Today, 3 October, is the feast of...
Hesychius, monk (fourth century): Faithful disciple of St Hilarion.
Ewald and Ewald, martyrs (695): They were brothers, they were priests,
they preached in Westphalia, they were killed by the locals, they are
buried in the church of St Cunibert in Cologne, they are named in the
Roman Martyrology, they are patrons of Westphalia. One could distinguish
them by the colour of their hair (there was 'Dark Ewald' and there was
'Fair Ewald' - they had the same name.
Gerard of Brogne, abbot (959): A native of county of Namur, had conversion
experience in chapel on his country estate - acquired from monks of
Saint-Denis in Paris the relics of St Eugenius (companion of Denis); when
bishop of Liege doubted their authenticity, Eugenius himself made the
bishop realize he was wrong - after establishing a monastery on his
estate, he became abbot at Saint-Ghislain (near Mons); he disciplined
monks who had been fundraising by travelling with founder's relics, and
exposing them for a fee. He reformed monasteries in Normandy and Flanders;
some monks didn't approve, and moved to the abbey of Bath.
Froilan, bishop of Leon, and Attilianus, bishop of Zamora (tenth century):
Starting out as hermits, they gathered followers into a monastic community
at Moreruela in Old Castile - they were promoted to the episcopate
together, and consecrated to adjoining sees - legend has it that when a
wolf killed the donkey carrying Froilan's luggage, the bishop compelled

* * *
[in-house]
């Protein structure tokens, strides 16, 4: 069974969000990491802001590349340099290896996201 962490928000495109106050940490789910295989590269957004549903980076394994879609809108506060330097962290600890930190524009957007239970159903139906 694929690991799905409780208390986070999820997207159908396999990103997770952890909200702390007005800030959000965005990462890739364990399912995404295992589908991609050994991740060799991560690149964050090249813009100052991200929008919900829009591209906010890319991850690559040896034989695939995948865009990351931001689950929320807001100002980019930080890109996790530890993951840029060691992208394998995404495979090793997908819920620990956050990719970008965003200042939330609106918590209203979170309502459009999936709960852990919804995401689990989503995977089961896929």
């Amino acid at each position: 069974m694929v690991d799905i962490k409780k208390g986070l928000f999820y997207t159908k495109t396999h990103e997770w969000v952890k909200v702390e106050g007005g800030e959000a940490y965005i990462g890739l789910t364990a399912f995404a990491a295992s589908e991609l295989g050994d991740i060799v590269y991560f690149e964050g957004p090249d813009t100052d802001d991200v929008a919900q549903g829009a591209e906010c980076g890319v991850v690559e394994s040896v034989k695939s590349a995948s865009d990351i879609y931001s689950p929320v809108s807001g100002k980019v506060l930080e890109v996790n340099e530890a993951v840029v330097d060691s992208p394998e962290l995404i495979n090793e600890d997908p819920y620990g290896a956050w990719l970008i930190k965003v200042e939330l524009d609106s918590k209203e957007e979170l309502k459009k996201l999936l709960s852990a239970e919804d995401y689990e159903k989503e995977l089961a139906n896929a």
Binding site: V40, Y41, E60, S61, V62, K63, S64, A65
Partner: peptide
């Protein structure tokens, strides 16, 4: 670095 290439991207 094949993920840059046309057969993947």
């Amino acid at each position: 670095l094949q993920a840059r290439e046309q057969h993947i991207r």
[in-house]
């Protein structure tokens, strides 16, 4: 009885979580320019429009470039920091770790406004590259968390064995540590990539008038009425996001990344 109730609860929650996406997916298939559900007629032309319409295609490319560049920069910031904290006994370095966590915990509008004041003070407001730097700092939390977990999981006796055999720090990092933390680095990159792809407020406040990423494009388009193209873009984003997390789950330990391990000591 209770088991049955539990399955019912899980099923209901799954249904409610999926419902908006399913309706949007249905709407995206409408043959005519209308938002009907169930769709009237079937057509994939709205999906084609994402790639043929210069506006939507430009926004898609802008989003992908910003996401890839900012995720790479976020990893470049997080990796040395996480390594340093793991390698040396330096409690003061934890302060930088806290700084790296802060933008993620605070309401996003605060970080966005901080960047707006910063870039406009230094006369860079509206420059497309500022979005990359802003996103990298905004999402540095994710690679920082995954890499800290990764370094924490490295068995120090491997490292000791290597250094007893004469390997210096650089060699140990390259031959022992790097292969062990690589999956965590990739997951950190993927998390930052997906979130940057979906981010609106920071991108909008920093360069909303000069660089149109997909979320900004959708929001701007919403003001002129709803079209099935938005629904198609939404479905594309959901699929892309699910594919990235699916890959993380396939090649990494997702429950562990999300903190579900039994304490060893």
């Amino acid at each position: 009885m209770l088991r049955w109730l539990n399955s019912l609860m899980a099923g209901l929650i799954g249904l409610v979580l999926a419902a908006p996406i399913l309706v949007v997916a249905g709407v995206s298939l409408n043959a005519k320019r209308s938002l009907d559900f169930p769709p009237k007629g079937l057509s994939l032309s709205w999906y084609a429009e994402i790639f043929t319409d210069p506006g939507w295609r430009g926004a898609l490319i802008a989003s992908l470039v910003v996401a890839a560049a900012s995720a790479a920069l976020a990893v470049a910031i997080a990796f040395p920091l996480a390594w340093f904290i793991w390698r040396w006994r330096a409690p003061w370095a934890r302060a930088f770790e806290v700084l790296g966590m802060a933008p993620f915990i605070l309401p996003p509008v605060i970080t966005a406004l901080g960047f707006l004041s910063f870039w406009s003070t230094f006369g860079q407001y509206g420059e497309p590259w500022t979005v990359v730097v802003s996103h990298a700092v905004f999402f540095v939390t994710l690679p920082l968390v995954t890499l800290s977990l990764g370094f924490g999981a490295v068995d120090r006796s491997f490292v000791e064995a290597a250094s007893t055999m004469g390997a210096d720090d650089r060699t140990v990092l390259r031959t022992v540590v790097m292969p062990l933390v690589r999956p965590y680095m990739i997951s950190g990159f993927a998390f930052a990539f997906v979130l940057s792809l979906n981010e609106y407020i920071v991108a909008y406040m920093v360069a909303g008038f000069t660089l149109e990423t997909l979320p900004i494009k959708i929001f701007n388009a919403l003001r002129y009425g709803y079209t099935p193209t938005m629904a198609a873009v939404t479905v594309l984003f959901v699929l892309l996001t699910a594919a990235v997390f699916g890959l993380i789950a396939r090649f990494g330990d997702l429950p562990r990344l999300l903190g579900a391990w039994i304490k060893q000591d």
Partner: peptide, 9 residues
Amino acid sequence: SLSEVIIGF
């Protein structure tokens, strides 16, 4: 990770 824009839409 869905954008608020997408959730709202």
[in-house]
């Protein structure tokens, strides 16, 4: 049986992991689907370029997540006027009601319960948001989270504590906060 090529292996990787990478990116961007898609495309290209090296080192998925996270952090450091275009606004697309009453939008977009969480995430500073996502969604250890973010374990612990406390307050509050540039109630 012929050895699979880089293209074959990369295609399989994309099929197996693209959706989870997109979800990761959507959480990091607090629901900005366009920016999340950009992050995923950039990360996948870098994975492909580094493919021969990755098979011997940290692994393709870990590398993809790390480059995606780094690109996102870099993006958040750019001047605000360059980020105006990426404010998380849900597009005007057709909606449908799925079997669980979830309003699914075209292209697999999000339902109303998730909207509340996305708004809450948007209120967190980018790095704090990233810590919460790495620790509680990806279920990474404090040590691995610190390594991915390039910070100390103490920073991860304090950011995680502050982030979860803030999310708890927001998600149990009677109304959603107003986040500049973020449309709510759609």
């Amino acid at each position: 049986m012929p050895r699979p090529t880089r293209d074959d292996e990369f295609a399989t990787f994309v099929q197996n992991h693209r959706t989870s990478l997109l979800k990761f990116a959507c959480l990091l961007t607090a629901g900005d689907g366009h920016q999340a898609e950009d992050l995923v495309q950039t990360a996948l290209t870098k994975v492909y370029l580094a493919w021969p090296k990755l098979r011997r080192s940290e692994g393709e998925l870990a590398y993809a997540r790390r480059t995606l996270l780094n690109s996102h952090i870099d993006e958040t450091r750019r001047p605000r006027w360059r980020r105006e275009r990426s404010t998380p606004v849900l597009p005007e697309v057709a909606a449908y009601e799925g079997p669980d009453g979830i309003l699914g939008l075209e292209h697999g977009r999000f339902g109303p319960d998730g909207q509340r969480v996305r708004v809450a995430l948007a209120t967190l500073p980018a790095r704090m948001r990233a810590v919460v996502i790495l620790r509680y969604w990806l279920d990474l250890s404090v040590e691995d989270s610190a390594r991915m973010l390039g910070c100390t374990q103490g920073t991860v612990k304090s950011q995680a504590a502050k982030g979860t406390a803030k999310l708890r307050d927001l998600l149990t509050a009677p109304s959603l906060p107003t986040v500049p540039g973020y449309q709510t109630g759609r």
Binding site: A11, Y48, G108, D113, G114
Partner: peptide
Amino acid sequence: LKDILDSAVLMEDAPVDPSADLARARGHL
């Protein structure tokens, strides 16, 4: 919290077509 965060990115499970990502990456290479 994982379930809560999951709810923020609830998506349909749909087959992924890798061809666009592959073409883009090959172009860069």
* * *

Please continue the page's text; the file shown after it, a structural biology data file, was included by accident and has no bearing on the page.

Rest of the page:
the wolf to do penance by serving him for many years as a beast of burden.
Thomas Cantelupe, bishop of Hereford (1282): He studied at Oxford, Paris
and Orleans before being named as chancellor of Oxford in 1262 - tough
times at Oxford: students were allowed to carry arms and were divided
according to whether they were northerners or southerners; a tough
disciplinarian, Thomas acquired a significant armoury by confiscating
weapons that had been misused. Rose to be chancellor of the kingdom;
dismissed after the death of Simon de Montfort at Evesham, he retired to
Paris. Returning to England, he became bishop of Hereford in 1275. In a
dispute with John Peckham, Archbishop of Canterbury, Thomas was
excommunicated; while travelling to see the pope to whom he had appealed.
He died after Peckham received certificate of absolution from the pope, he
allowed Thomas's body to be buried in Hereford cathedral, which became the
most frequented shrine in the west of England - 429 miracles are attested
in the process of canonization.
Domenico Spadafora, Dominican (1521): Entered Dominican order in Palermo,
studied at Padova, headed shrine of Madonna delle Grazie near Monte Cerignone.
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